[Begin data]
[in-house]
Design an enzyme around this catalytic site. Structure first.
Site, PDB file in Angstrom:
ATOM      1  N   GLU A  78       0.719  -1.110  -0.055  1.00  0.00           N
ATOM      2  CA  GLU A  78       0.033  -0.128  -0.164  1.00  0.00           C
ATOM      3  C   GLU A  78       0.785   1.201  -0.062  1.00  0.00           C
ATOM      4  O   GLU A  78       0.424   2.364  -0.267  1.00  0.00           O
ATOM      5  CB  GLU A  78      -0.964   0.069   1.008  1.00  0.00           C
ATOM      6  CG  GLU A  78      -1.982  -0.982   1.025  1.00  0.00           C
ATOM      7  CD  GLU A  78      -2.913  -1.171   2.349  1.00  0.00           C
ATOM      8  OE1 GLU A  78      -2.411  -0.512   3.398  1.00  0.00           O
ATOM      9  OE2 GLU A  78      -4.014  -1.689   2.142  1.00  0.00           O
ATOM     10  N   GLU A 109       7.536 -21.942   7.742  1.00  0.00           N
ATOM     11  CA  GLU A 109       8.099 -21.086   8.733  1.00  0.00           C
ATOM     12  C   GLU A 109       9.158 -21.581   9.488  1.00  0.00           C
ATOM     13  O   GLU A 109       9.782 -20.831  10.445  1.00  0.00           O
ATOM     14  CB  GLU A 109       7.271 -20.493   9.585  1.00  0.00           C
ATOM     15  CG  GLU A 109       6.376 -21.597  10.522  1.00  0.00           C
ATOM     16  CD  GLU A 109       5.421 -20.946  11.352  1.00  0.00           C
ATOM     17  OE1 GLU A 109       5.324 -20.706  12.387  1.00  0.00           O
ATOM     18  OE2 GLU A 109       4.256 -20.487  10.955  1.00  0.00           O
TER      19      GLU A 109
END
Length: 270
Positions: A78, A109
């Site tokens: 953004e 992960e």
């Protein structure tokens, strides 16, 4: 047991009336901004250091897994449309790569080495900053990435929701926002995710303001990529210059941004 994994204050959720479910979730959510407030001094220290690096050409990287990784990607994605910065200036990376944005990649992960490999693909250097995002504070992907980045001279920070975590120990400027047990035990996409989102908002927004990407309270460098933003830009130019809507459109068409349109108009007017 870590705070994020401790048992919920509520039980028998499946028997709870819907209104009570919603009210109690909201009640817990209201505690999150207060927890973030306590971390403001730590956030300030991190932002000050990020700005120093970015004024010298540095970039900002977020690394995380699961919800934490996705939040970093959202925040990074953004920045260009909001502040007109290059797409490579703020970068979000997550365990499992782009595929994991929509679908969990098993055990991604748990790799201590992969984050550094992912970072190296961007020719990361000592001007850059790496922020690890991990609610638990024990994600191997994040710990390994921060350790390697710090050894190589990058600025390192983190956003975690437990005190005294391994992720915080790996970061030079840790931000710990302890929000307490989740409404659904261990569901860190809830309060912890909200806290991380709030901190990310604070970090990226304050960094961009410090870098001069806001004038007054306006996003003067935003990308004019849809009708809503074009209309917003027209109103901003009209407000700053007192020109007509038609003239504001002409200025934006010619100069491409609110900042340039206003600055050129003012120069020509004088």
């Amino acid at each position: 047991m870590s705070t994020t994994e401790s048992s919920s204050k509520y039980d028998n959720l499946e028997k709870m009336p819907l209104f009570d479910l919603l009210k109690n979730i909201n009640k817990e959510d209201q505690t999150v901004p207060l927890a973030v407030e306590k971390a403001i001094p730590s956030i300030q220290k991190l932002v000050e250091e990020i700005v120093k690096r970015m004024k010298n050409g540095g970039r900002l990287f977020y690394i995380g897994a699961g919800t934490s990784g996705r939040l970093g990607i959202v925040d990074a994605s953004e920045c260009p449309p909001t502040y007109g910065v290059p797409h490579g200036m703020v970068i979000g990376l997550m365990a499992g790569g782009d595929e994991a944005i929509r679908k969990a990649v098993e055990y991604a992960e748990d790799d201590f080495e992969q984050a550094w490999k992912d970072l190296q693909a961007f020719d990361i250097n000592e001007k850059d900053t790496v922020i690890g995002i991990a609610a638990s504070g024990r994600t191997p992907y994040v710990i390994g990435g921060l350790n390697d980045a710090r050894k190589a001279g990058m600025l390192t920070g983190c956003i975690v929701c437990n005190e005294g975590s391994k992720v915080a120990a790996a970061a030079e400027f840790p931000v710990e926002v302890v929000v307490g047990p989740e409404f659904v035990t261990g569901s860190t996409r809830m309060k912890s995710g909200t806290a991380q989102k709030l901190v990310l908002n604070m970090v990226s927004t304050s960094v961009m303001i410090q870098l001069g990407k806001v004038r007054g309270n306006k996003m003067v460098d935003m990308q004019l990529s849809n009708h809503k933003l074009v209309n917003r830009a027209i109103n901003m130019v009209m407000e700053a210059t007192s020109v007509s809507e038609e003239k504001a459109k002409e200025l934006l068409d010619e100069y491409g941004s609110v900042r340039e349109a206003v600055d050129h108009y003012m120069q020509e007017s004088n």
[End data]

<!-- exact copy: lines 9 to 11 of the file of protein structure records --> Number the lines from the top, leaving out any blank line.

ATOM      6  CG  GLU A  78      -1.982  -0.982   1.025  1.00  0.00           C
ATOM      7  CD  GLU A  78      -2.913  -1.171   2.349  1.00  0.00           C
ATOM      8  OE1 GLU A  78      -2.411  -0.512   3.398  1.00  0.00           O